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Meet Carol Faw

Today we’d like to introduce you to Carol Faw.

Thanks for sharing your story with us Carol. So, let’s start at the beginning and we can move on from there.
I grew up in a small town in the foothills of North Carolina. A forgotten factory town that was once known for being the birthplace of NASCAR now has a church every square mile and the most meth labs in the state as a claim to fame. I had to drive an hour for a bookstore, let alone a record shop. I left at eighteen to attend UNC Wilmington and graduated with a BA in Film Studies in 2015. I took what felt like a shot in the dark my senior year and applied to graduate film schools. I was accepted into the American Film Institute and moved to Los Angeles without knowing anyone in 2015. I earned my graduate degree in 2017 and have been working everyday to stay in Los Angeles ever since.

I was so focused on school because I hated my hometown growing up and tried my best to get as far away from it as I could, but despite all my best efforts, I can’t stop writing about the place now. My emphasis in screenwriting is of female driven dramas set in the South, reminiscent of the strong, messy and complex women who raised me. It’s funny how what I was so determined to run away from, so much so that I put thousands of miles between myself and the South, has such a tight and enduring grip on my soul and the stories that spill out of me.

We’re always bombarded by how great it is to pursue your passion, etc – but we’ve spoken with enough people to know that it’s not always easy. Overall, would you say things have been easy for you?
There’s no smooth road for a creative career. It is a life of rejection. You have to love to write or act or direct or whatever creative pursuit you choose because it’s always an uphill battle in LA.

I am still trying to get my foot in the door. I’ve done multiple internships, paid and unpaid. I’ve been a temporary assistant and been convinced that I would be hired full time, only to train the next person to take the assistant job I was hoping for. I’ve worked multiple part-time jobs since graduating from AFI, always at least two, but sometimes three jobs at once.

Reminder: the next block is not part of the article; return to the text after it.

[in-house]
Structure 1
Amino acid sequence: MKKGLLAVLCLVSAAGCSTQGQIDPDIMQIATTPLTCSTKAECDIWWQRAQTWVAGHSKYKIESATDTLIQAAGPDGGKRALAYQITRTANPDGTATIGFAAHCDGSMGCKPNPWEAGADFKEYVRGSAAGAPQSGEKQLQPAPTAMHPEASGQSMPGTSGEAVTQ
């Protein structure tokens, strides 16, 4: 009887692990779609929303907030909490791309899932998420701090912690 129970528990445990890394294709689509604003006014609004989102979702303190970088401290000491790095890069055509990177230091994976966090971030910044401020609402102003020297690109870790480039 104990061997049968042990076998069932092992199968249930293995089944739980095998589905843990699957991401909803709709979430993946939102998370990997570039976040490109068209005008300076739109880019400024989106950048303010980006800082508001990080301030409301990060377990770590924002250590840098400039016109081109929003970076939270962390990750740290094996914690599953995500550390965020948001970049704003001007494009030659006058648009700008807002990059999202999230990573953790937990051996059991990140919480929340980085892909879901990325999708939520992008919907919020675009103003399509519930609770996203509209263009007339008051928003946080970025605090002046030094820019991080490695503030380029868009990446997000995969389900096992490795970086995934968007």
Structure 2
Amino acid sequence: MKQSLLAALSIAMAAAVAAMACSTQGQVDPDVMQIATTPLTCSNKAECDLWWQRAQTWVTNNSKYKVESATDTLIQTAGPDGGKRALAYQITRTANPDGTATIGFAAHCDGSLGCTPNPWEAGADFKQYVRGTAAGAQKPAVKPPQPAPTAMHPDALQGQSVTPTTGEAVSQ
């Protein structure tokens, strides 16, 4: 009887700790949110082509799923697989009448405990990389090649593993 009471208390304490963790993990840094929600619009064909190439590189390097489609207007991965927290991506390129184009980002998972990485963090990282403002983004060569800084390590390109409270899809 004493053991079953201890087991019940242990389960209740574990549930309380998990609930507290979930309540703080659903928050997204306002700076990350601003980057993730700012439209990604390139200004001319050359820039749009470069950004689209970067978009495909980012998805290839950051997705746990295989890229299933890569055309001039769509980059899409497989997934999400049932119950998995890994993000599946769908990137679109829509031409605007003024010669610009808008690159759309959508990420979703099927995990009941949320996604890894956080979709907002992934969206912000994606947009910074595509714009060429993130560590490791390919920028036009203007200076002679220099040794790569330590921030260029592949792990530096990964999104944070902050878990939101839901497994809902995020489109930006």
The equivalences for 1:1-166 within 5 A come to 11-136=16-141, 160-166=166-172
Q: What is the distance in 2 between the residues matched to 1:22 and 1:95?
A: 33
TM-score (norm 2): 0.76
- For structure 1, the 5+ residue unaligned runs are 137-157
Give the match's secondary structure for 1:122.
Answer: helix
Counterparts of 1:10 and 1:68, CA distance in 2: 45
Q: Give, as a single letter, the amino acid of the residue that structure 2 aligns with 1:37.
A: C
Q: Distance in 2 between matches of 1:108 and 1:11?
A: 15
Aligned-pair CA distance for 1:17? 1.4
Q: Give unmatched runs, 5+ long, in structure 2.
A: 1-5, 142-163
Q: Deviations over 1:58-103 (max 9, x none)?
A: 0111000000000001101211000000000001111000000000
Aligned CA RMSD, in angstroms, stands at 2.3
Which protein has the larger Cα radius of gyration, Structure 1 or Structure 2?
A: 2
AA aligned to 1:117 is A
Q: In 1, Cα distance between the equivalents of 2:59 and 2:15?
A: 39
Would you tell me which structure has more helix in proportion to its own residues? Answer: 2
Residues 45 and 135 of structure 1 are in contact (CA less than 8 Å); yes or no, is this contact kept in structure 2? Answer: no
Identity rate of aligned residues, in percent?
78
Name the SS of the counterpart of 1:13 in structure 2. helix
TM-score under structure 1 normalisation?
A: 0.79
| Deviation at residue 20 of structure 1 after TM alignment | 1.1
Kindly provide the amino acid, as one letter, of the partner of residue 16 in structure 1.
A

It’s tough, but there’s magic in these times because I’m part of the LA hustle. I’m in the place I need to be to have the career I couldn’t have anywhere else. I do what I have to do to pay the bills and write whenever I can, whether it’s in the dawning hours before an opening shift, ten minutes at lunch, or late into the night. Those stolen moments to write are precious and worth every other moment I’m on my feet because I am following my dream. I am making my own way, one word at a time.

We’d love to hear more about your work and what you are currently focused on. What else should we know?
I’m a screenwriter and my emphasis in storytelling, at the moment, is in the genre of Southern Gothic. In particular of female driven dramas set in the South with either violent or magical elements. I’m exploring everything from the politics to the music I heard growing up to the food I’ve eaten since I was a child, all of the idiosyncrasies of my home that have had an impact on me. These elements come together to form a world and setting that draws readers into the story so I can connect with them.

Despite my venture into the Southern Gothic now, I dabble in most genres, from thriller to horror to hard family drama. What matters most to me is the heart of the story, you have to have something to say. Storytelling is about connecting with others through our own specific experiences via the universal feelings of loss, love, power, or family. As storytellers, we have the power to spread hope during these uncertain times. As long as the heart of the story is there, the rest of the script from the dialogue to the plot can be found.

So, what’s next? Any big plans?
More writing. More networking. More contests and writing competitions. It’s all about the grind. I love writing and I’m looking forward to seeing what myself and other writers have cooked up while in quarantine the last couple of months.

I lost my mother recently and she was an incredibly pivotal figure in my life that pushed me to pursue my dreams. I know that in the future, I will be writing about her. Even if she’s not a character, I know that she will be present in every one of my scripts going forward through a witty remark or a visual cue. She will be there.

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Image Credit:
Lauren Guiteras

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